The Pittsburgh Steelers have an incredible history, as it pertains to Super Bowl championships. The Steelers, along with the New England Patriots, are the only teams to boast six Super Bowl victories in their franchises’ history.
With each championship comes a story, and with each championship comes a new ring. These rings are typically both beautiful and gaudy. The more titles the team collects, the bigger and more elaborate the ring design becomes.
Recently, ESPN did a deep dive into every Super Bowl ring every created. Some stories boarder the bizarre, while others are simply humorous. Below you can see some stories about all six Super Bowl rings, and the tales of those who lived it.
Check it out...
1974 Super Bowl IX
The Steelers’ first Super Bowl came in 1974 in a win over the Minnesota Vikings. The 16-6 win was incredible, in a lot of ways, but Joe Greene’s story about that first ring might have other cringing more than celebrating.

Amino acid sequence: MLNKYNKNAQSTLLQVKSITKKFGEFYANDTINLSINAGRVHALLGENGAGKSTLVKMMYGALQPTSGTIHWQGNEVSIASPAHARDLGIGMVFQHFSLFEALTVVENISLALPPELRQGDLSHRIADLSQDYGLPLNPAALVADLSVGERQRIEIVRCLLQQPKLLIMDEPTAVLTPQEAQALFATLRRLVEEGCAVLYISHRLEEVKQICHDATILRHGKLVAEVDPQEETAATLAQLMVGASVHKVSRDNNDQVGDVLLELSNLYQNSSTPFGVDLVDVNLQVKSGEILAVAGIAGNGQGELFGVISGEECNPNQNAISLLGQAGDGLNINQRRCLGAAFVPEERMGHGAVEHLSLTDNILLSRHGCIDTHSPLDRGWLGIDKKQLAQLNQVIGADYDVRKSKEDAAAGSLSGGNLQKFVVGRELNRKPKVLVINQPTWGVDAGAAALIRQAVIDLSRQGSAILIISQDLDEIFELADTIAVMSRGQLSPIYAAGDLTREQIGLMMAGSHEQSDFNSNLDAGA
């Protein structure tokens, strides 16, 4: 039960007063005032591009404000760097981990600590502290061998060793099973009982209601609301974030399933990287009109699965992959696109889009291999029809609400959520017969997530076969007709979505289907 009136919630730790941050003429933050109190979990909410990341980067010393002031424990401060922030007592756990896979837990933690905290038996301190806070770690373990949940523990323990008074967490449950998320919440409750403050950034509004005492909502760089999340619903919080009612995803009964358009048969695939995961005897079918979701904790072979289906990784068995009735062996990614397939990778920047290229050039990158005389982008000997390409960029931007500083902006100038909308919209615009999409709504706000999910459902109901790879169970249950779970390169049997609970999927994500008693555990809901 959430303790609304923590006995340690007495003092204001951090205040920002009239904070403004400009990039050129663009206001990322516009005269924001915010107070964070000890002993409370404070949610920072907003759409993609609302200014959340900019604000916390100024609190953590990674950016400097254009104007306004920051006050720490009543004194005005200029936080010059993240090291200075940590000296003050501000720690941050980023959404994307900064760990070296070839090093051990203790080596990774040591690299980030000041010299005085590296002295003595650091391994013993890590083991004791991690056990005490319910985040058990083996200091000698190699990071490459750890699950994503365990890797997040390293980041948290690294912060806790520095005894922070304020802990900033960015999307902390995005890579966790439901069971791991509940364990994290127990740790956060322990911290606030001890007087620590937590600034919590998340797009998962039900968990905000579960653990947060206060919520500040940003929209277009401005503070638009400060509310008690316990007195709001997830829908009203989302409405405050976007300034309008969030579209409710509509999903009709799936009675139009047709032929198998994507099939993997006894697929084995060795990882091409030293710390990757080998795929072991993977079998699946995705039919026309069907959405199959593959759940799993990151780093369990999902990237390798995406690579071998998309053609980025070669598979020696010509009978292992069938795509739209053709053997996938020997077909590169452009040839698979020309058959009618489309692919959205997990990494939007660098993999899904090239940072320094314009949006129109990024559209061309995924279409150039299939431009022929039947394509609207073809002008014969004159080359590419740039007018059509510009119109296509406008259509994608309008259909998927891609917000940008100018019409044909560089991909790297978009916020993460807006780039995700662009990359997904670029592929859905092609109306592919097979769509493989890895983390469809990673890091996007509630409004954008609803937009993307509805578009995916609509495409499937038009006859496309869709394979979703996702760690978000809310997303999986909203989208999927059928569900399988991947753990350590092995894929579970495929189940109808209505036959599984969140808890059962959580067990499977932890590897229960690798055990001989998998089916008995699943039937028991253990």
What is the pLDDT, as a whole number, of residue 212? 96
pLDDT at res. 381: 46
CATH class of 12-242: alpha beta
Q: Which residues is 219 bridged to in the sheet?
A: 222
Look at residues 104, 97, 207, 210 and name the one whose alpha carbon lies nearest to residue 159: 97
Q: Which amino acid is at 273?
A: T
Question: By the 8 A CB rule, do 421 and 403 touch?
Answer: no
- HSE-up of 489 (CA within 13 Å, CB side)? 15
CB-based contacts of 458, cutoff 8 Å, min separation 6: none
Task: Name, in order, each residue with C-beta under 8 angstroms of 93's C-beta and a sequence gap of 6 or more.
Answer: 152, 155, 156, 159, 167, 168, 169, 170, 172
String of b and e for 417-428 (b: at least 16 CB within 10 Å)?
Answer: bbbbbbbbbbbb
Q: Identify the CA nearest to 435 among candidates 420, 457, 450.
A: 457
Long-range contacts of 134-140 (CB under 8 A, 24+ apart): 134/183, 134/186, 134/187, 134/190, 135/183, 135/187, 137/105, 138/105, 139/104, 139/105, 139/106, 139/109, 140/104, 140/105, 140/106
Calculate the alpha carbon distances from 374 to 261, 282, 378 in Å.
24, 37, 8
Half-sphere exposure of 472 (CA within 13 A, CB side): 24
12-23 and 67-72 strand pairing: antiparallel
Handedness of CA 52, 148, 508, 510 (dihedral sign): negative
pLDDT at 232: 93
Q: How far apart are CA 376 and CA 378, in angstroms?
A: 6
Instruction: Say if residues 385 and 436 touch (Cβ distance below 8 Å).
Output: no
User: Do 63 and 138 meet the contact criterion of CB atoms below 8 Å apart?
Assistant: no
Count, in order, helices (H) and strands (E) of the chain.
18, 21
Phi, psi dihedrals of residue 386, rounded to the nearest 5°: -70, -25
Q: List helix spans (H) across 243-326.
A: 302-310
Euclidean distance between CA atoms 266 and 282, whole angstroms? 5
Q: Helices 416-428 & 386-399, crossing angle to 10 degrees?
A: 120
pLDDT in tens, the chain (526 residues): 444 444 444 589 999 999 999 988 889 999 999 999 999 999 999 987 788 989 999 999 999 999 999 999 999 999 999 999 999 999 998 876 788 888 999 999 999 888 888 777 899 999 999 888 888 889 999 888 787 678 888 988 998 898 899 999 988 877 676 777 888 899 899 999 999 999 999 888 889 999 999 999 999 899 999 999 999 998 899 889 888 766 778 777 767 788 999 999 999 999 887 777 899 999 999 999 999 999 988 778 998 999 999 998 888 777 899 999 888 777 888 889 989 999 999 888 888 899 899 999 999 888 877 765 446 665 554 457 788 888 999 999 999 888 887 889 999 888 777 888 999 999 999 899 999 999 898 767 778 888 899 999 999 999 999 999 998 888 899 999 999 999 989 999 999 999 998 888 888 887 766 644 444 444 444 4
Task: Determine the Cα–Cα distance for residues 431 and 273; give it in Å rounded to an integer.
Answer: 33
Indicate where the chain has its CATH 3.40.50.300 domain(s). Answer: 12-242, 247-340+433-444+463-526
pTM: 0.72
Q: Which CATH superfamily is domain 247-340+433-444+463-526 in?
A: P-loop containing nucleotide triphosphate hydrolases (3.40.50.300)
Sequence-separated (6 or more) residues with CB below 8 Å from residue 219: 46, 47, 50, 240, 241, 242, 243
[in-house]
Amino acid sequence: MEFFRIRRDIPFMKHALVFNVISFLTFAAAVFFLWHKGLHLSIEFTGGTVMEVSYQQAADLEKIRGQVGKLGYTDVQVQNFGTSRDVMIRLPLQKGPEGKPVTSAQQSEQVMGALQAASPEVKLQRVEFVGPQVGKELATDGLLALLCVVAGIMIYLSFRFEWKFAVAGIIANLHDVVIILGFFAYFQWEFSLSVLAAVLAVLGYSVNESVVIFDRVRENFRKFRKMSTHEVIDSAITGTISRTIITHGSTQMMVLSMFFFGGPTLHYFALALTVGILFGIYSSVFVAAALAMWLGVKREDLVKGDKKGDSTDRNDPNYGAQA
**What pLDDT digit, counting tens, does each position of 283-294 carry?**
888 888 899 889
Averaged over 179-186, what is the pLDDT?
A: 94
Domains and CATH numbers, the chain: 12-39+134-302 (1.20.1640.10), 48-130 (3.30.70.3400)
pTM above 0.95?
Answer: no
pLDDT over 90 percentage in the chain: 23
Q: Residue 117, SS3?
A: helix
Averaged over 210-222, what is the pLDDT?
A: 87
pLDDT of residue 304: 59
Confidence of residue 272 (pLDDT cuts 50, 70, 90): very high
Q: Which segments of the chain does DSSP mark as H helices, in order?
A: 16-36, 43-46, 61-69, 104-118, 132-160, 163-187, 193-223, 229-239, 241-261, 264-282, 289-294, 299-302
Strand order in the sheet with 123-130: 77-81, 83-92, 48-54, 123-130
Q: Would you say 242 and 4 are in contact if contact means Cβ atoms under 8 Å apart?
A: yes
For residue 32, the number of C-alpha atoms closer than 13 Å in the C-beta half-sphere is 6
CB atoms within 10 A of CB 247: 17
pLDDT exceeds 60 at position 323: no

“About four years ago, I was at the (Dallas-Fort Worth) airport, and on the driver side of the car, I opened the door and when I put my hand down to get out, the ring fell off. I saw a car coming slowly and it was too close for me to pick up the ring. And a car ran over the ring. It came back, I picked it up, the diamonds and stones were still there but it changed the shape of my ring. It was an oval shape instead of round because the wheel went over the side of the ring instead of on top of it. I wore it a while but figured I better send it in to (a jeweler) and they repaired it for me. Looks great now.”
1975 Super Bowl X
The Steelers had back-to-back championships, and the Super Bowl X win was a 21-17 win over the Dallas Cowboys. The tale Terry Hanratty tells of his Super Bowl rings, both Super Bowl IX and X, has to do with show-and-tell at his daughter’s school.
“About 15 years ago, Terry Hanratty brought both Super Bowl rings to a show-and-tell session at his daughter’s kindergarten class. He passed around the rings for the classmates to view firsthand, and when he went to collect them, the Super Bowl X ring was missing. “The teacher was sort of shocked,” Hanratty said. “She started looking around. I said, ‘I’m not leaving until I get it.’” Eventually, a boy in the back of the class opened a book where he had rested the ring. He was caught. “The kid was trying to cop the ring,” he said.”